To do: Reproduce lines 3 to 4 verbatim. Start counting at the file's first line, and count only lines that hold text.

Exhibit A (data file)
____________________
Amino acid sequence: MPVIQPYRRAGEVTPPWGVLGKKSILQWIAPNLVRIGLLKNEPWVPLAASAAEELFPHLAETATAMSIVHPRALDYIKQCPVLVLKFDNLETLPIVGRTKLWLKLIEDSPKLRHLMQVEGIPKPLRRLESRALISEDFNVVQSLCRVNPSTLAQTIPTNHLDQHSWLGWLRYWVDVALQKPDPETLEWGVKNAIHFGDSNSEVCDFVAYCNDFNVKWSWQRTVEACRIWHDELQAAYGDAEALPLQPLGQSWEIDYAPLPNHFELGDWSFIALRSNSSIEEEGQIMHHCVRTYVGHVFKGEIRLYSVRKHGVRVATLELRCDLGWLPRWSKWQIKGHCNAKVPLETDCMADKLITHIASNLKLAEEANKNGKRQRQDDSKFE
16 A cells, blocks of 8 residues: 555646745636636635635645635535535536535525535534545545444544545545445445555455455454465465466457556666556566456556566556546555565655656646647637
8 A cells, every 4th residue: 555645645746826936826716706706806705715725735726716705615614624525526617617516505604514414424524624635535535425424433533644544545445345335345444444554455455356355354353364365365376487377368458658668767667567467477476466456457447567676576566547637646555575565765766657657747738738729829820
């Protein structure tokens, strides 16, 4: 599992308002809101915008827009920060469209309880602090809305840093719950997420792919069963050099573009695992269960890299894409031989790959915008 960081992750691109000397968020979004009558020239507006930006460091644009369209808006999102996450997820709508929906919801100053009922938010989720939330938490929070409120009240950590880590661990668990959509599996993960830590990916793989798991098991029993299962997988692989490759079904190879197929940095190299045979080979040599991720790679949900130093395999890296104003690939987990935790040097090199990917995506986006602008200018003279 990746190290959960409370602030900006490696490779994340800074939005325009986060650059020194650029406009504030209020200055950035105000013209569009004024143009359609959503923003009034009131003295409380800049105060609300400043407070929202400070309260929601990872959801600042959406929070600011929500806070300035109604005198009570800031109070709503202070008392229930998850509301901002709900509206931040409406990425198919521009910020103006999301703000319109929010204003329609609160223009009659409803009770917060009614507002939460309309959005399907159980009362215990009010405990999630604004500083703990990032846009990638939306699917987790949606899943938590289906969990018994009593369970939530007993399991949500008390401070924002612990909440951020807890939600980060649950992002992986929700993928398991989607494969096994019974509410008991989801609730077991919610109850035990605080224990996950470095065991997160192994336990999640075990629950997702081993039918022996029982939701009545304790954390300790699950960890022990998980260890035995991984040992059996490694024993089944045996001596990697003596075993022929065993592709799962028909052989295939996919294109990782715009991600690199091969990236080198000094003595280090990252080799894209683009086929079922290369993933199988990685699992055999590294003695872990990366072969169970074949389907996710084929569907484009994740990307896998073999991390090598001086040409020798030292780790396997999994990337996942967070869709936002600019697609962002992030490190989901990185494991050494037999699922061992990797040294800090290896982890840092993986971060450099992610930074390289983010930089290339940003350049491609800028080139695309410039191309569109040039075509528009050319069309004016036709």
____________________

8 A cells, every 4th residue: 555645645746826936826716706706806705715725735726716705615614624525526617617516505604514414424524624635535535425424433533644544545445345335345444444554455455356355354353364365365376487377368458658668767667567467477476466456457447567676576566547637646555575565765766657657747738738729829820
């Protein structure tokens, strides 16, 4: 599992308002809101915008827009920060469209309880602090809305840093719950997420792919069963050099573009695992269960890299894409031989790959915008 960081992750691109000397968020979004009558020239507006930006460091644009369209808006999102996450997820709508929906919801100053009922938010989720939330938490929070409120009240950590880590661990668990959509599996993960830590990916793989798991098991029993299962997988692989490759079904190879197929940095190299045979080979040599991720790679949900130093395999890296104003690939987990935790040097090199990917995506986006602008200018003279 990746190290959960409370602030900006490696490779994340800074939005325009986060650059020194650029406009504030209020200055950035105000013209569009004024143009359609959503923003009034009131003295409380800049105060609300400043407070929202400070309260929601990872959801600042959406929070600011929500806070300035109604005198009570800031109070709503202070008392229930998850509301901002709900509206931040409406990425198919521009910020103006999301703000319109929010204003329609609160223009009659409803009770917060009614507002939460309309959005399907159980009362215990009010405990999630604004500083703990990032846009990638939306699917987790949606899943938590289906969990018994009593369970939530007993399991949500008390401070924002612990909440951020807890939600980060649950992002992986929700993928398991989607494969096994019974509410008991989801609730077991919610109850035990605080224990996950470095065991997160192994336990999640075990629950997702081993039918022996029982939701009545304790954390300790699950960890022990998980260890035995991984040992059996490694024993089944045996001596990697003596075993022929065993592709799962028909052989295939996919294109990782715009991600690199091969990236080198000094003595280090990252080799894209683009086929079922290369993933199988990685699992055999590294003695872990990366072969169970074949389907996710084929569907484009994740990307896998073999991390090598001086040409020798030292780790396997999994990337996942967070869709936002600019697609962002992030490190989901990185494991050494037999699922061992990797040294800090290896982890840092993986971060450099992610930074390289983010930089290339940003350049491609800028080139695309410039191309569109040039075509528009050319069309004016036709």